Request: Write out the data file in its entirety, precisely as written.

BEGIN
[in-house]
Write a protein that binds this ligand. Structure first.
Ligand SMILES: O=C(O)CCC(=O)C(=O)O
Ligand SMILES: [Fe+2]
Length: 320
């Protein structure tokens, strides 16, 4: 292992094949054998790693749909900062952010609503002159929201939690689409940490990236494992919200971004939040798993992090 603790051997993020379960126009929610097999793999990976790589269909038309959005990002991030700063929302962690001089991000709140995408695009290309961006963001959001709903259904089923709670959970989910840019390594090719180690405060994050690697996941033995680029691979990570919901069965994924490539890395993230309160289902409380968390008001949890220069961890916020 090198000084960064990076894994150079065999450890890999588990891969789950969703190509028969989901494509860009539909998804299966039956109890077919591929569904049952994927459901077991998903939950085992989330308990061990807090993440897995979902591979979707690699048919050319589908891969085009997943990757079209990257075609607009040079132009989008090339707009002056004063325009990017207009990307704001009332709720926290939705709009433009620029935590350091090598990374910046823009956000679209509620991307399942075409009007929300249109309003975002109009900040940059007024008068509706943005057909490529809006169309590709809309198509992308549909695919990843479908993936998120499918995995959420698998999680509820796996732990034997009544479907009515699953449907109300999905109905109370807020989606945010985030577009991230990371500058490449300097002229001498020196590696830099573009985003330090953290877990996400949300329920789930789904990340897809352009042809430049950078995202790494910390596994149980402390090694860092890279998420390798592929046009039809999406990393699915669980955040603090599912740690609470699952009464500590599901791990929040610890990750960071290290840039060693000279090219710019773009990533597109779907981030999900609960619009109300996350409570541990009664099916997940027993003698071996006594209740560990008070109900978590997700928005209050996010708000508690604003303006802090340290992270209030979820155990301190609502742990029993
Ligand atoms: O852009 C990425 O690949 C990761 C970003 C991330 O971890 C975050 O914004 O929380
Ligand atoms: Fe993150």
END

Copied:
[in-house]
Write a protein that binds this ligand. Structure first.
Ligand SMILES: O=C(O)CCC(=O)C(=O)O
Ligand SMILES: [Fe+2]
Length: 320
């Protein structure tokens, strides 16, 4: 292992094949054998790693749909900062952010609503002159929201939690689409940490990236494992919200971004939040798993992090 603790051997993020379960126009929610097999793999990976790589269909038309959005990002991030700063929302962690001089991000709140995408695009290309961006963001959001709903259904089923709670959970989910840019390594090719180690405060994050690697996941033995680029691979990570919901069965994924490539890395993230309160289902409380968390008001949890220069961890916020 090198000084960064990076894994150079065999450890890999588990891969789950969703190509028969989901494509860009539909998804299966039956109890077919591929569904049952994927459901077991998903939950085992989330308990061990807090993440897995979902591979979707690699048919050319589908891969085009997943990757079209990257075609607009040079132009989008090339707009002056004063325009990017207009990307704001009332709720926290939705709009433009620029935590350091090598990374910046823009956000679209509620991307399942075409009007929300249109309003975002109009900040940059007024008068509706943005057909490529809006169309590709809309198509992308549909695919990843479908993936998120499918995995959420698998999680509820796996732990034997009544479907009515699953449907109300999905109905109370807020989606945010985030577009991230990371500058490449300097002229001498020196590696830099573009985003330090953290877990996400949300329920789930789904990340897809352009042809430049950078995202790494910390596994149980402390090694860092890279998420390798592929046009039809999406990393699915669980955040603090599912740690609470699952009464500590599901791990929040610890990750960071290290840039060693000279090219710019773009990533597109779907981030999900609960619009109300996350409570541990009664099916997940027993003698071996006594209740560990008070109900978590997700928005209050996010708000508690604003303006802090340290992270209030979820155990301190609502742990029993
Ligand atoms: O852009 C990425 O690949 C990761 C970003 C991330 O971890 C975050 O914004 O929380
Ligand atoms: Fe993150």